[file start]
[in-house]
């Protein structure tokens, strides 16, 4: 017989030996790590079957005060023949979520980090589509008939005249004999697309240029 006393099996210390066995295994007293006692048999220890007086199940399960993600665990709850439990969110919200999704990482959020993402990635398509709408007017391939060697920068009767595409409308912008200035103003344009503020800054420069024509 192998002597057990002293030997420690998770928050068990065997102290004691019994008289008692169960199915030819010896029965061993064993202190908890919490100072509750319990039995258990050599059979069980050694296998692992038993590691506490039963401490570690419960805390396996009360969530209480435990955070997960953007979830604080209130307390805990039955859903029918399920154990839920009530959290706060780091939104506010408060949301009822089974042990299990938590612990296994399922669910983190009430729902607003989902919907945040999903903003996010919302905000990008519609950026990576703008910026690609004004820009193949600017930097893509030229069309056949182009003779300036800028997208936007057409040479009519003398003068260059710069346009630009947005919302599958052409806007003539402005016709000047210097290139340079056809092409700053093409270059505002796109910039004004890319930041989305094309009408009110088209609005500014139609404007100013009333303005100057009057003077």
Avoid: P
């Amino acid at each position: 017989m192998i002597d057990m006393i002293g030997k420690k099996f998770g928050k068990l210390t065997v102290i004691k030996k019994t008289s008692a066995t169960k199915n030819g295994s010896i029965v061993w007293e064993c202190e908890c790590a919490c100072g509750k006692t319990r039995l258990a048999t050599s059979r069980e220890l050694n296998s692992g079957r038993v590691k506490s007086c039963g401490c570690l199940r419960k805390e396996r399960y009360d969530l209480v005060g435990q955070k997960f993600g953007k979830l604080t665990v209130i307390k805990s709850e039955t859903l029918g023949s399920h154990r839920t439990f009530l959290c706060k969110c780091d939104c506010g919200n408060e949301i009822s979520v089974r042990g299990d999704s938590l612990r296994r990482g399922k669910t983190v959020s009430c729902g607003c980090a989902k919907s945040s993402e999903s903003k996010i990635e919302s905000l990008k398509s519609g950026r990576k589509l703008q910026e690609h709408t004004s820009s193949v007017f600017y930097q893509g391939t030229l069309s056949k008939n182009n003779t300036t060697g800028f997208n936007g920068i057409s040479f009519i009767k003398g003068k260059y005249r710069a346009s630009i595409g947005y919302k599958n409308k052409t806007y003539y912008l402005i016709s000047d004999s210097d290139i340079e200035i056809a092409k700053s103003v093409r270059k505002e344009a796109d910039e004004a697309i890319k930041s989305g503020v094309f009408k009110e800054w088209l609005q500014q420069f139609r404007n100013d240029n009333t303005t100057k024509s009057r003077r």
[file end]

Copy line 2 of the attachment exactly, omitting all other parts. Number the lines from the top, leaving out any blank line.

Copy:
């Protein structure tokens, strides 16, 4: 017989030996790590079957005060023949979520980090589509008939005249004999697309240029 006393099996210390066995295994007293006692048999220890007086199940399960993600665990709850439990969110919200999704990482959020993402990635398509709408007017391939060697920068009767595409409308912008200035103003344009503020800054420069024509 192998002597057990002293030997420690998770928050068990065997102290004691019994008289008692169960199915030819010896029965061993064993202190908890919490100072509750319990039995258990050599059979069980050694296998692992038993590691506490039963401490570690419960805390396996009360969530209480435990955070997960953007979830604080209130307390805990039955859903029918399920154990839920009530959290706060780091939104506010408060949301009822089974042990299990938590612990296994399922669910983190009430729902607003989902919907945040999903903003996010919302905000990008519609950026990576703008910026690609004004820009193949600017930097893509030229069309056949182009003779300036800028997208936007057409040479009519003398003068260059710069346009630009947005919302599958052409806007003539402005016709000047210097290139340079056809092409700053093409270059505002796109910039004004890319930041989305094309009408009110088209609005500014139609404007100013009333303005100057009057003077």